alzheimer s disease Alzheimer’s disease (AD), also known as Alzheimer disease, or just Alzheimer’s, accounts for 60% to 70% of cases ofdementia.[1][2] It is a chronic neurodegenerative disease that usually starts slowly and gets worse over time.[1][2] The most common early symptom is difficulty in remembering recent events (short-term memory loss).[1] As the disease advances, symptoms can include problems with language, disorientation (including easily getting lost), mood swings, loss of motivation, not managing self care, and behavioural issues.[1][2] As a person’s condition declines, they often withdraw from family and society.
capillary endothelial cell Endothelium is a type of epithelium that lines the interior surface of blood vessels and lymphatic vessels,[1] forming an interface between circulating blood or lymph in the lumen and the rest of the vessel wall. It is a thin layer of simple squamous cells calledendothelial cells.
blood brain barrier  The blood–brain barrier (BBB) is a highly selective permeability barrier that separates the circulating blood from the brainextracellular fluid (BECF) in the central nervous system (CNS). The blood–brain barrier is formed by brain endothelial cells, which are connected by tight junctions with an extremely high electrical resistivity of at least 0.1 Ω⋅m.[1] The blood–brain barrier allows the passage of water, some gases, and lipid-soluble molecules by passive diffusion, as well as the selective transport of molecules such as glucose and amino acids that are crucial to neural function. On the other hand, the blood–brain barrier may prevent the entry of lipophilic, potential neurotoxins by way of an active transport mechanism mediated by P-glycoprotein.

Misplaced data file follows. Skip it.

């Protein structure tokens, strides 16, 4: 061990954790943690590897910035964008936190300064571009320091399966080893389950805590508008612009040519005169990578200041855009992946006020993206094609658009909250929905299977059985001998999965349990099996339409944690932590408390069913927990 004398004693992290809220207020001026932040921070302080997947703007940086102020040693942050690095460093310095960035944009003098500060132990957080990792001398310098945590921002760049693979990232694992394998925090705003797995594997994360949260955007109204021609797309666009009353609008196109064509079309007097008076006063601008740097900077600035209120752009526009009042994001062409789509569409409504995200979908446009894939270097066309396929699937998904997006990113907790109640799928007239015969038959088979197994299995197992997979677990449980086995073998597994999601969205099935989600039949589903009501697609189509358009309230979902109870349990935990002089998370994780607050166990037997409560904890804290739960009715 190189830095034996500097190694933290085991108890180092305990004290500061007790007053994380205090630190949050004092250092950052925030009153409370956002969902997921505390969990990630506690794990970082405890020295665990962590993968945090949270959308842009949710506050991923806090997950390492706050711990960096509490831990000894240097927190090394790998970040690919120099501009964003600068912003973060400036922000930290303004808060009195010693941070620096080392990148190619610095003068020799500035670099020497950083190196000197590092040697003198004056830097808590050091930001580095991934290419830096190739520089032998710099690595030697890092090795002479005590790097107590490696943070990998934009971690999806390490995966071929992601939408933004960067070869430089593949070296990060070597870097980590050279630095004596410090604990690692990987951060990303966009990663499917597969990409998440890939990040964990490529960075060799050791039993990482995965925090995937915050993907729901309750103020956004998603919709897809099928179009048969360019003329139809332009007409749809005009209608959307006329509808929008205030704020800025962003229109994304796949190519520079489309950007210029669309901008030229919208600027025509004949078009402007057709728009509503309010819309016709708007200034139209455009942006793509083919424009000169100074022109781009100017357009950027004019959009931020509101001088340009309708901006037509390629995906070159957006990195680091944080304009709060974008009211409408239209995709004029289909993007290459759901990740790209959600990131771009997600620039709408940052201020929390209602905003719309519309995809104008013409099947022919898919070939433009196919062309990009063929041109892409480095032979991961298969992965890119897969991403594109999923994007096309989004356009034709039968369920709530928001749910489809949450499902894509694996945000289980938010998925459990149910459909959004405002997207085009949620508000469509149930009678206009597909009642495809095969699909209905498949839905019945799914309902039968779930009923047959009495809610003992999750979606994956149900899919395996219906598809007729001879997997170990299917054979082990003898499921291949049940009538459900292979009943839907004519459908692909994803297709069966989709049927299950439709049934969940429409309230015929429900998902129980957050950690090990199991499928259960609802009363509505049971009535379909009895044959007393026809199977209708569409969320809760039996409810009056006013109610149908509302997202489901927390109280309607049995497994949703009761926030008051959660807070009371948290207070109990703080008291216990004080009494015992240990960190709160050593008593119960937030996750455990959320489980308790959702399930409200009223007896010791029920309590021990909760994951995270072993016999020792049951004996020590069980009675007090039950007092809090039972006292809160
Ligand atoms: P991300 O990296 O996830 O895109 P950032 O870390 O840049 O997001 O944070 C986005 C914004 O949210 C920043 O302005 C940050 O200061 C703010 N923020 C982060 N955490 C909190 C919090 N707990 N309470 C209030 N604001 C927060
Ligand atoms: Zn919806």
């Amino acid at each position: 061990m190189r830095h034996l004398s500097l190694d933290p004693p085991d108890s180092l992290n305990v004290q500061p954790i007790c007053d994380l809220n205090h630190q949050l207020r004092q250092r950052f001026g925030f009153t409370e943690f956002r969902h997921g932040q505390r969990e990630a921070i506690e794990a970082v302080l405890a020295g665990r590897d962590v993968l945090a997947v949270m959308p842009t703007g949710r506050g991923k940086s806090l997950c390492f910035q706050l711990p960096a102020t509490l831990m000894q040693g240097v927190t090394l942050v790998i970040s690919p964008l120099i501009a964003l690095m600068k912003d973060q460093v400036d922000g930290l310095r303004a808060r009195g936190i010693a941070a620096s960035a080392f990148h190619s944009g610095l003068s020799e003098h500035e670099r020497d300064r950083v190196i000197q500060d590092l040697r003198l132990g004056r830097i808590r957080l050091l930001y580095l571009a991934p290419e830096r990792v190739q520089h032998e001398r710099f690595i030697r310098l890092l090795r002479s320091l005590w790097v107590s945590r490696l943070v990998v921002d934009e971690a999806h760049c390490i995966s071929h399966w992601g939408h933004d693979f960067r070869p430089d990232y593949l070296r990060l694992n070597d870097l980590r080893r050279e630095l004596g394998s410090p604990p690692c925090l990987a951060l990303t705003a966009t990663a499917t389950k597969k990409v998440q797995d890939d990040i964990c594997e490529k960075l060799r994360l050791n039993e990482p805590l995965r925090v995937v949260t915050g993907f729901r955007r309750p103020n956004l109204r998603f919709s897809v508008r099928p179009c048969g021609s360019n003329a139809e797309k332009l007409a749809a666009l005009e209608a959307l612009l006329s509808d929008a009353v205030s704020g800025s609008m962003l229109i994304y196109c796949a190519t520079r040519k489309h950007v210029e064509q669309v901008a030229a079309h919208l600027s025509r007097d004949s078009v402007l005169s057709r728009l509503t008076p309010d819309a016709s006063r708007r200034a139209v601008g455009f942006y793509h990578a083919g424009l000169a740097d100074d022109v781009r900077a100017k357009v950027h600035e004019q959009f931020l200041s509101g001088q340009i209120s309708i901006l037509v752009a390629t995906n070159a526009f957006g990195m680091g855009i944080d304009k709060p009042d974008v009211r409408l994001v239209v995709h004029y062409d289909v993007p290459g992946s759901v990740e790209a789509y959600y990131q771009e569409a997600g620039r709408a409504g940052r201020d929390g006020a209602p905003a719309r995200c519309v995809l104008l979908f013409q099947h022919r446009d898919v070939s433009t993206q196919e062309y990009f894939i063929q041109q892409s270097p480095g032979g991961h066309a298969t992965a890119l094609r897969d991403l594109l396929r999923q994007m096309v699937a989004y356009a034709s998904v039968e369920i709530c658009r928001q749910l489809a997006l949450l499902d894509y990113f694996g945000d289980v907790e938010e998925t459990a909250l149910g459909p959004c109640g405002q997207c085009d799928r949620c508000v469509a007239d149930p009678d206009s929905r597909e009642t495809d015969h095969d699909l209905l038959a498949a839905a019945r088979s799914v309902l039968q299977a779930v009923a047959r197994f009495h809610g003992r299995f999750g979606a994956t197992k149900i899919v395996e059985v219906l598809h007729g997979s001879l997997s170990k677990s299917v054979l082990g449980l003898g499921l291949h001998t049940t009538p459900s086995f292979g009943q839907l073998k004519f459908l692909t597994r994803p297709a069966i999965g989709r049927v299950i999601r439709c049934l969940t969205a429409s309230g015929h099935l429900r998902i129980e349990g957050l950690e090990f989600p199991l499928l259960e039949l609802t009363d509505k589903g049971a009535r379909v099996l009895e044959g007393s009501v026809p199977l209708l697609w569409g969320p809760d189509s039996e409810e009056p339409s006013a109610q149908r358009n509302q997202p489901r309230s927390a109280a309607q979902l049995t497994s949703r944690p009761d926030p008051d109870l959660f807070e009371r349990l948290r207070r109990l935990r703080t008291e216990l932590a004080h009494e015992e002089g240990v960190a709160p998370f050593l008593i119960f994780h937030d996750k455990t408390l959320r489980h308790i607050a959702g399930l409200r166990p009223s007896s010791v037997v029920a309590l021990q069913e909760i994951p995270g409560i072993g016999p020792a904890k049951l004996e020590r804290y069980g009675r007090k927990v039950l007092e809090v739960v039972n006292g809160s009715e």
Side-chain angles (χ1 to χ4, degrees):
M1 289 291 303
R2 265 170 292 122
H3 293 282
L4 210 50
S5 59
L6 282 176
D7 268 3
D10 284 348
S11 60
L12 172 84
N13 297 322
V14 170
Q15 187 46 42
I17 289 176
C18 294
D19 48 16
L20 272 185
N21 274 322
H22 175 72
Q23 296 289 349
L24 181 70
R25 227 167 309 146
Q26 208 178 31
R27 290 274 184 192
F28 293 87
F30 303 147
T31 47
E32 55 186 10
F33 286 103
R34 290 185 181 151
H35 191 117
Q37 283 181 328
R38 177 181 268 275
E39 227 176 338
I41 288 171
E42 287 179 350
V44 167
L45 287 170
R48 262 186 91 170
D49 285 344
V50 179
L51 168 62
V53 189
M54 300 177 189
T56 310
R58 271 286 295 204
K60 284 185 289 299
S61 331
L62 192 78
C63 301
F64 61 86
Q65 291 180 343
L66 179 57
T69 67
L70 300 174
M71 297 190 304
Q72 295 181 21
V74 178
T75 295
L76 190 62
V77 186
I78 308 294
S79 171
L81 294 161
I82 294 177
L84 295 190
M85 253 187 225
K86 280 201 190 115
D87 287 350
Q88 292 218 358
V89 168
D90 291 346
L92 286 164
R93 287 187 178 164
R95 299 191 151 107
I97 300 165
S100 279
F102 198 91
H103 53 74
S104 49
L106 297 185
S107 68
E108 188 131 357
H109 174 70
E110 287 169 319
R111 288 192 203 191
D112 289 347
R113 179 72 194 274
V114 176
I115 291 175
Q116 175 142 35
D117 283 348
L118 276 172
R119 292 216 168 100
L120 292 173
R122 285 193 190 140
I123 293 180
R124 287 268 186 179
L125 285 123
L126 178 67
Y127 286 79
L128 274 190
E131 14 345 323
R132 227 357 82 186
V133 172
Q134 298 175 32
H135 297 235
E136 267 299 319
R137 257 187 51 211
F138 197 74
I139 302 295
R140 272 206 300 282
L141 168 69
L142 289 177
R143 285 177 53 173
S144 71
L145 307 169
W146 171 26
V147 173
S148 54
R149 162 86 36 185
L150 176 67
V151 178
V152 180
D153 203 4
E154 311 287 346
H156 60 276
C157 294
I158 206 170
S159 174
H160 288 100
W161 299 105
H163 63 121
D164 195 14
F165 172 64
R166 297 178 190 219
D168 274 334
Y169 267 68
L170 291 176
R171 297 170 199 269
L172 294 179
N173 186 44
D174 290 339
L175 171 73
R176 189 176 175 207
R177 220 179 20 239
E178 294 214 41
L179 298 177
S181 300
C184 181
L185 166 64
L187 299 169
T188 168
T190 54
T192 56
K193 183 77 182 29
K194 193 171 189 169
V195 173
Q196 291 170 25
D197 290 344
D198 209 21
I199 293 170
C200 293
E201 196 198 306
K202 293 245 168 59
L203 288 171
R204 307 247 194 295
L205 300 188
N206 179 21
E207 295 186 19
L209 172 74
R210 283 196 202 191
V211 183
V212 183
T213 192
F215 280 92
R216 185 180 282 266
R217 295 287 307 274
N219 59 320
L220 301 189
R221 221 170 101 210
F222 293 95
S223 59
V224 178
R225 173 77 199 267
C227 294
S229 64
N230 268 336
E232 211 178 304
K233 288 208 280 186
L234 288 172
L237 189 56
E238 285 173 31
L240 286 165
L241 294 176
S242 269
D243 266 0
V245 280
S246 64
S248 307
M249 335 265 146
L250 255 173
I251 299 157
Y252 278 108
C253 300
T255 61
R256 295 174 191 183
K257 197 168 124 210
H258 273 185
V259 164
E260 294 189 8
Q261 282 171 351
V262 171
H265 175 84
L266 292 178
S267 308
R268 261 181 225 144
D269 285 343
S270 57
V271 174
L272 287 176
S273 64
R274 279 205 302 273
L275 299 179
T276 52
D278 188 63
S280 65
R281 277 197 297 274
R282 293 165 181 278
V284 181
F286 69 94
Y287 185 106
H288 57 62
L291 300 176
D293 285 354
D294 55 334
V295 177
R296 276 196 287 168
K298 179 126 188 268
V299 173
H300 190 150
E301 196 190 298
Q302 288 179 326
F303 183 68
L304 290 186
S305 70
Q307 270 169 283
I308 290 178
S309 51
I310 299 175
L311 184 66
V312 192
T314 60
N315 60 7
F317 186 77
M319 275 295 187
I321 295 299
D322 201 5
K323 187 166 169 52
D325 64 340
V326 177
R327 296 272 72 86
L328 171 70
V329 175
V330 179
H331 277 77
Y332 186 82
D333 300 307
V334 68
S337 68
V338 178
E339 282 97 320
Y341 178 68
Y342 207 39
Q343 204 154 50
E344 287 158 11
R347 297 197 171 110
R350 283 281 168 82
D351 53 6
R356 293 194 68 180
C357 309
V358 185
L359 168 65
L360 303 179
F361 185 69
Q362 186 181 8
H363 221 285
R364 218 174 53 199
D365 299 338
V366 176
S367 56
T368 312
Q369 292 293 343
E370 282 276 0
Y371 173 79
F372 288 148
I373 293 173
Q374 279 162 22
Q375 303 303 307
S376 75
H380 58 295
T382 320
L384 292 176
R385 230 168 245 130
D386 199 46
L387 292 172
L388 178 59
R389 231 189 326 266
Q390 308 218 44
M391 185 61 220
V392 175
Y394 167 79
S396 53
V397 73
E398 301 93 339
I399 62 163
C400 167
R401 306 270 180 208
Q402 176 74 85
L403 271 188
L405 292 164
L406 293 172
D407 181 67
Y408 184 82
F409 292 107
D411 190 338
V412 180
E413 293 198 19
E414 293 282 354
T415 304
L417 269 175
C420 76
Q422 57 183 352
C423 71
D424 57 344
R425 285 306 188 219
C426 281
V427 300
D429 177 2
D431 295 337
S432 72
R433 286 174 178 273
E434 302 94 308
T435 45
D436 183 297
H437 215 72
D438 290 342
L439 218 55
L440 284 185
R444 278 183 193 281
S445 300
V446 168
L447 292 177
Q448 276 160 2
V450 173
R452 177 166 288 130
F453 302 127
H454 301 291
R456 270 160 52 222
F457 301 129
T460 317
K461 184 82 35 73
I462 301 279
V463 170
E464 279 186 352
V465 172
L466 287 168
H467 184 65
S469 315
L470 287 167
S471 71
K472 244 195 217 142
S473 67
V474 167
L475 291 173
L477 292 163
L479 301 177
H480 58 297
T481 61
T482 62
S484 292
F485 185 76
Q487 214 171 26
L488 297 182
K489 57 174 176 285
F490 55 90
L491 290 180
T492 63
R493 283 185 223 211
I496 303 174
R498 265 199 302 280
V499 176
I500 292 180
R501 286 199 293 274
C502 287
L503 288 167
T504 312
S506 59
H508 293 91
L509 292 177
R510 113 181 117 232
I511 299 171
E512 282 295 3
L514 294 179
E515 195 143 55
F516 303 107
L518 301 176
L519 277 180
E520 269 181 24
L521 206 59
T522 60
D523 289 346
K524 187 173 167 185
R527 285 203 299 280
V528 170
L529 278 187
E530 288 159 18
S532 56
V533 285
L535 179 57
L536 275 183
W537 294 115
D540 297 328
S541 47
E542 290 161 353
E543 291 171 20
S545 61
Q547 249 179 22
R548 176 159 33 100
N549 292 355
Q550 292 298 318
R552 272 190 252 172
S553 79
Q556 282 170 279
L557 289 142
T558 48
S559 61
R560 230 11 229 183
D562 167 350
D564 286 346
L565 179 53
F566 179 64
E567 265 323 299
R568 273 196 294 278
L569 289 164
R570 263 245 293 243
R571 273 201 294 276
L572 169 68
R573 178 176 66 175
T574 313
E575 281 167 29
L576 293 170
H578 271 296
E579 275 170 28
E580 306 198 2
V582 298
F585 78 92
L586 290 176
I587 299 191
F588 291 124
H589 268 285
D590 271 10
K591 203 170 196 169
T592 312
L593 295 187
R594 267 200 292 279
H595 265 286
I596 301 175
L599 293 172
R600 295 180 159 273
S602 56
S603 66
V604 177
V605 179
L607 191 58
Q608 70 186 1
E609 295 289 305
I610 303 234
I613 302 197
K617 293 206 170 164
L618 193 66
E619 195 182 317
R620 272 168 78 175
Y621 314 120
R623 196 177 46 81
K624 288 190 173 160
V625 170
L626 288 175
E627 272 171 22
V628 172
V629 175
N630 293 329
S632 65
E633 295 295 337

peripheral nervous system  The peripheral nervous system (PNS) is the part of the nervous system that consists of the nerves and ganglia on the outside of the brain and spinal cord.[1] The main function of the PNS is to connect the central nervous system (CNS) to the limbs and organs, essentially serving as a communication relay going back and forth between the brain and the extremities.[2] Unlike the CNS, the PNS is not protected by the bone of spine and skull, or by the blood–brain barrier, which leaves it exposed to toxins and mechanical injuries.